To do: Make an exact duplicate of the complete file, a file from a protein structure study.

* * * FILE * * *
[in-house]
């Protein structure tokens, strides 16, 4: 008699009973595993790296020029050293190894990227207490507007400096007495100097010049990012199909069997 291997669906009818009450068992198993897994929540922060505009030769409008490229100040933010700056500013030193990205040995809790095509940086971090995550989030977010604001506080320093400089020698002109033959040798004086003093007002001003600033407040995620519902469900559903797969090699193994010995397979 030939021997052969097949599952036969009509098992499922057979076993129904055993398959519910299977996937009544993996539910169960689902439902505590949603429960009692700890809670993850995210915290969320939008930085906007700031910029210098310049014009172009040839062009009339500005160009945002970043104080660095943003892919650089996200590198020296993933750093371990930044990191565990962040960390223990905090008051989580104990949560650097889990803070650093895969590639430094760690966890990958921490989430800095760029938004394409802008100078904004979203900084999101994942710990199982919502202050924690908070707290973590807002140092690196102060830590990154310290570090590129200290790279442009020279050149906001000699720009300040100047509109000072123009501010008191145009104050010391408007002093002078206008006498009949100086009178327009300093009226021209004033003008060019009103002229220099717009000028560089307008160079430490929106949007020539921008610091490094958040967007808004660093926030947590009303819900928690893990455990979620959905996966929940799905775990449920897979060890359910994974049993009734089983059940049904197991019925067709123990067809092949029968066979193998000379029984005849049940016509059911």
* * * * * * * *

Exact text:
[in-house]
């Protein structure tokens, strides 16, 4: 008699009973595993790296020029050293190894990227207490507007400096007495100097010049990012199909069997 291997669906009818009450068992198993897994929540922060505009030769409008490229100040933010700056500013030193990205040995809790095509940086971090995550989030977010604001506080320093400089020698002109033959040798004086003093007002001003600033407040995620519902469900559903797969090699193994010995397979 030939021997052969097949599952036969009509098992499922057979076993129904055993398959519910299977996937009544993996539910169960689902439902505590949603429960009692700890809670993850995210915290969320939008930085906007700031910029210098310049014009172009040839062009009339500005160009945002970043104080660095943003892919650089996200590198020296993933750093371990930044990191565990962040960390223990905090008051989580104990949560650097889990803070650093895969590639430094760690966890990958921490989430800095760029938004394409802008100078904004979203900084999101994942710990199982919502202050924690908070707290973590807002140092690196102060830590990154310290570090590129200290790279442009020279050149906001000699720009300040100047509109000072123009501010008191145009104050010391408007002093002078206008006498009949100086009178327009300093009226021209004033003008060019009103002229220099717009000028560089307008160079430490929106949007020539921008610091490094958040967007808004660093926030947590009303819900928690893990455990979620959905996966929940799905775990449920897979060890359910994974049993009734089983059940049904197991019925067709123990067809092949029968066979193998000379029984005849049940016509059911």